Spring is nature’s way of saying, ‘let’s party!’

As I sit here typing I am blessed with the beauty of spring right outside my window. Spring is here which means summer is on its way which in turns means my graduate traineeship is a few months away from ending. Term has officially ended and we have entered into the library summer vacation period. Bye bye bustling, noisy library, hello silent, tranquil library! Oh wait, isn’t that how a library is supposed to be..? The quiet was nice for about 2 days but now I am kind of missing the students… Or maybe I am just all too aware that the arrival of summer means that I too will soon be departing. Heading off to University and to the wonderful land of jobhuntingsville (it’s a real place, honest).

Summer signifies a big change in my traineeship and working routine. My rotations in the library have finished having spent time with the subject librarians, systems, acquisitions, special collections and customer services. I will no longer be working regularly with the customer services team on the front/ welcome desk and my enquiry desk duties will be limited. I have really enjoyed working with our users on the front line and my confidence in my ability to help library users has increased massively. But the best thing is that I really like doing it. It is stressful and demanding in all the right ways. You are busy and challenged into learning new things everyday with every different enquiry you come across (apart from laptop loans). I really feel like I am part of the team and it makes me sad to think that I am only a temporary member. It will be good to go back to certain departments in the library where my time was quite limited such as special collections, classification and academic support. I am especially looking forward to helping out with the pre-sessional international students. We will be presenting them with our new edition of the Library Language booklet which I’ve had the pleasure of working on.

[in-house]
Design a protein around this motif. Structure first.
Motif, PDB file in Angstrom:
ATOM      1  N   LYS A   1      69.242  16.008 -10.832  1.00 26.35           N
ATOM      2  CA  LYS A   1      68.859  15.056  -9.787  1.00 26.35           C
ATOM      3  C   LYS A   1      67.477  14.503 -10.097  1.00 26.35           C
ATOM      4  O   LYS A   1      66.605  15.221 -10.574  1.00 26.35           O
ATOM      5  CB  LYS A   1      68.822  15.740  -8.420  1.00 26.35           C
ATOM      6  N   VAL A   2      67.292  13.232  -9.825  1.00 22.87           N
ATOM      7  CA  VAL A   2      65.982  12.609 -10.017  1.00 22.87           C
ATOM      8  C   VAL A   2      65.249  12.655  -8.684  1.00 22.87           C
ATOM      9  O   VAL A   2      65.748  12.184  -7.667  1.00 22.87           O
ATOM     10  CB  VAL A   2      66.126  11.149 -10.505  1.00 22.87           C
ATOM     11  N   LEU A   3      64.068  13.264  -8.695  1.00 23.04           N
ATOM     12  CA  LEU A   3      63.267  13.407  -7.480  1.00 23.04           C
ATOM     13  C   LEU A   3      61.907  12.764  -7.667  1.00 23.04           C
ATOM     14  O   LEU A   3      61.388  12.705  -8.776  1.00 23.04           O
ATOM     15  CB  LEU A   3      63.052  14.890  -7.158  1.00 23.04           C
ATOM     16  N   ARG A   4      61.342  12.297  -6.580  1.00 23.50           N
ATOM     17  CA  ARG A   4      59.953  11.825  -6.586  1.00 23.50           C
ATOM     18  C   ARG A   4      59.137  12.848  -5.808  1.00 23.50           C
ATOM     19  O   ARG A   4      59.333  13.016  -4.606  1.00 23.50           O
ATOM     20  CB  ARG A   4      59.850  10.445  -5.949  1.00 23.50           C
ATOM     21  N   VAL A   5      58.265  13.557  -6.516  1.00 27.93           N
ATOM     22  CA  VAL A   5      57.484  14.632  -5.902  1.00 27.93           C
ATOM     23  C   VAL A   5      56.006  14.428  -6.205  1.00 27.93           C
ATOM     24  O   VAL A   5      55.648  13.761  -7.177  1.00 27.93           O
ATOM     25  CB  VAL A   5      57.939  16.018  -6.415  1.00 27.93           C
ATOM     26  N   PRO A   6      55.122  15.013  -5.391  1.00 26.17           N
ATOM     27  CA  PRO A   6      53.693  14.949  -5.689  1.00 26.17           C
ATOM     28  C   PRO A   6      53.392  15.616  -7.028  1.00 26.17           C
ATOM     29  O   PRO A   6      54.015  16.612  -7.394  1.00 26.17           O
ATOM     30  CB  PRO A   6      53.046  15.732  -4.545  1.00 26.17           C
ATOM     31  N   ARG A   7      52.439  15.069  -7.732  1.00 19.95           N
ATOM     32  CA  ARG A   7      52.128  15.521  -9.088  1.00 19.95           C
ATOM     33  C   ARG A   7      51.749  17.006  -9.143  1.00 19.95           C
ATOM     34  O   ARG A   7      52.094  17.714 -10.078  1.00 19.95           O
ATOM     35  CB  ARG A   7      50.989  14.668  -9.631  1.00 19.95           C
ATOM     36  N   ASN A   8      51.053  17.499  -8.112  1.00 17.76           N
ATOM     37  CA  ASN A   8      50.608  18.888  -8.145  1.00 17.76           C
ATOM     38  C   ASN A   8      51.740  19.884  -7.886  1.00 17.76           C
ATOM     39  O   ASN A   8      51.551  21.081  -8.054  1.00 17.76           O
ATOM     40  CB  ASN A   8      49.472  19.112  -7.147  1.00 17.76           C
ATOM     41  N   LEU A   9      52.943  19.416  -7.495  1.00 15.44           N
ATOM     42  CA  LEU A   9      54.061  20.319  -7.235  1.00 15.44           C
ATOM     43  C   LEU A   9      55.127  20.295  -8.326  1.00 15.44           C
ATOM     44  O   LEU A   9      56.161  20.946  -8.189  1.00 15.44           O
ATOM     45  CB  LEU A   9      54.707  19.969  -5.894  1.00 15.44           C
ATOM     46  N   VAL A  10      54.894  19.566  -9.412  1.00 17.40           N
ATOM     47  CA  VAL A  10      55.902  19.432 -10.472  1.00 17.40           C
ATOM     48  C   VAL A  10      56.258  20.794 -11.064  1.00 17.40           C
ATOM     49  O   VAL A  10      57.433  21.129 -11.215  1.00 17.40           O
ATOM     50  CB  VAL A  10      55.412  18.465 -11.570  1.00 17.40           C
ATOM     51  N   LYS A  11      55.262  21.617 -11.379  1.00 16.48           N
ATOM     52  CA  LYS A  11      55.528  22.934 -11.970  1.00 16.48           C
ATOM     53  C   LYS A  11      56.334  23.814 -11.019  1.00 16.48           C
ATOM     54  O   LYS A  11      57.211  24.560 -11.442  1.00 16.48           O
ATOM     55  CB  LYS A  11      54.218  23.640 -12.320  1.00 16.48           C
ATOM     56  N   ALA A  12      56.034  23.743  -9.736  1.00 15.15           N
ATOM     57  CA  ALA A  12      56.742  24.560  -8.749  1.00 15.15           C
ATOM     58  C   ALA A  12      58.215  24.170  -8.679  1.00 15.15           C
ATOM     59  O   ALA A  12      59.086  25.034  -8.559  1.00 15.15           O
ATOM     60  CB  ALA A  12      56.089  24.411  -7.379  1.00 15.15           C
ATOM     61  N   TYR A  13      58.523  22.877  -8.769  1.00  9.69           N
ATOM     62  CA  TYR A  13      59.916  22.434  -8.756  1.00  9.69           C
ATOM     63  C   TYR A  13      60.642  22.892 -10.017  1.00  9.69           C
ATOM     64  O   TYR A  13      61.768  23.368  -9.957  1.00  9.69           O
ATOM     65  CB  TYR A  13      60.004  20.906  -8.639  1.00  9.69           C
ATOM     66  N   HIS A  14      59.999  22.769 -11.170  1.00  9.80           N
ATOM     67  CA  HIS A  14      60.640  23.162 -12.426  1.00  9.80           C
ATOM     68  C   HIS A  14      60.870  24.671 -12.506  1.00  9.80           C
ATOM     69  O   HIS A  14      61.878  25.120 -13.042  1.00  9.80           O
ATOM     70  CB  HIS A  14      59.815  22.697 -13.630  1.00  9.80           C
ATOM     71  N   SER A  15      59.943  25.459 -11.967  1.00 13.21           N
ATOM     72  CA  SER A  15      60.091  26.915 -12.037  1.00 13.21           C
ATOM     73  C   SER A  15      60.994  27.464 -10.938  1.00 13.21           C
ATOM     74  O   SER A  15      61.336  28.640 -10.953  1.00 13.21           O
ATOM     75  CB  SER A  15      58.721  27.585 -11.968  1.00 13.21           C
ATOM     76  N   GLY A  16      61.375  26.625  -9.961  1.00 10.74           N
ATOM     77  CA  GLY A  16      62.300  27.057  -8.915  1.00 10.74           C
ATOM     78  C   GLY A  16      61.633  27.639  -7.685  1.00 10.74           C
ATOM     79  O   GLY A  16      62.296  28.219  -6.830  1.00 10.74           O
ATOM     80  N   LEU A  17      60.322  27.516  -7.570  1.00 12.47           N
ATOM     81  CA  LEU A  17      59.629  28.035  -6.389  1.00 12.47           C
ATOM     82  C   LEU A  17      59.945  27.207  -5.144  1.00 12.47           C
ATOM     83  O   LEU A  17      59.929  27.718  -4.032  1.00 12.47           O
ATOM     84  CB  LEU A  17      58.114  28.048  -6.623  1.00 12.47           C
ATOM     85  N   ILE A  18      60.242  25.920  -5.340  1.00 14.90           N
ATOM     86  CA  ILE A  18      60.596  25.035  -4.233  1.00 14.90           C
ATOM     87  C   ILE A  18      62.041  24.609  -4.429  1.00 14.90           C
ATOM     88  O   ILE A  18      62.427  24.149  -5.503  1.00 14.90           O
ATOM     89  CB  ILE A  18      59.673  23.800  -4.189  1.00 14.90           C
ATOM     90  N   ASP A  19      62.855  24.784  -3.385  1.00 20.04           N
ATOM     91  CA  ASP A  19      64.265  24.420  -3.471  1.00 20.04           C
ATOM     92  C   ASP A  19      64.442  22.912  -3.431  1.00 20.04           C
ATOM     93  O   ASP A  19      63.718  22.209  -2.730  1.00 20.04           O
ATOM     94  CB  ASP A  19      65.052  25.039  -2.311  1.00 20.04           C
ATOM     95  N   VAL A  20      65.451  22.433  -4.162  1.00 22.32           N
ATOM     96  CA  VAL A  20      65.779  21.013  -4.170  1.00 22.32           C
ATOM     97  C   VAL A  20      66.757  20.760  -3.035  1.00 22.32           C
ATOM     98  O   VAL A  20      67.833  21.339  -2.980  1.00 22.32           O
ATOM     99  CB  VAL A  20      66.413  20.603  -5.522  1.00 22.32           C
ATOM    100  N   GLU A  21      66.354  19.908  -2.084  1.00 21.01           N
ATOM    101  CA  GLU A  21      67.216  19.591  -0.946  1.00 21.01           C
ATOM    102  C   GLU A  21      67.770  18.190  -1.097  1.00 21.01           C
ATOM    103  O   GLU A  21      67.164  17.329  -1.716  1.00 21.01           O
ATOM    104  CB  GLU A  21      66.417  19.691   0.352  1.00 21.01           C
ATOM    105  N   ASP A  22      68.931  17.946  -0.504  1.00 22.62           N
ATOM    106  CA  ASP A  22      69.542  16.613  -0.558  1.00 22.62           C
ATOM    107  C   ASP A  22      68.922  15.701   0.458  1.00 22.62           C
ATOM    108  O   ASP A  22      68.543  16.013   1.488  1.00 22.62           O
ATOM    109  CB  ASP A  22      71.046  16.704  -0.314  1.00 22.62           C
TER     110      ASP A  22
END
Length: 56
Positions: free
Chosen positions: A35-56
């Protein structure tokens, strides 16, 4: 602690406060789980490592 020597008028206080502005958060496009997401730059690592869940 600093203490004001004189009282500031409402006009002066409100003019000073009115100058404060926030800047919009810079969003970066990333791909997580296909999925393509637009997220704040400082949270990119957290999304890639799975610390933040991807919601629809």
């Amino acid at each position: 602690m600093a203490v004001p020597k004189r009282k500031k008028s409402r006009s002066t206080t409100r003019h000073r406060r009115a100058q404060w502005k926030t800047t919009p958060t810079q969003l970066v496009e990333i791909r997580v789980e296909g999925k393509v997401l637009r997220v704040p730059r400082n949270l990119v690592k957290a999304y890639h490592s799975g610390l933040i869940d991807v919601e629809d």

My big job over the summer is my GT project which is what I am working on at the moment. I am just researching the literature on my prospective topic to see if it is a viable idea. Once I have a plan in place, I will blog about it. I am very slowly getting back into the swing of academic work and reading but it is harder than I thought it would be. It has been 2 years since I completed my dissertation and I still don’t think I am over that experience… Just kidding, I actually found the process quite enjoyable and was a little bit sad when it was over. This project is difference because I want to make a valuable contribution to the J.B. Priestley Library (not that I didn’t want to make a valuable contribution to WWII British History). My predecessors all did some fantastic projects for the library; one GT’s project provided the idea for a paper which was then published in a scholarly journal. If my project and suggestions could be used to improve the services we offer at JB that would be the best possible end to my traineeship.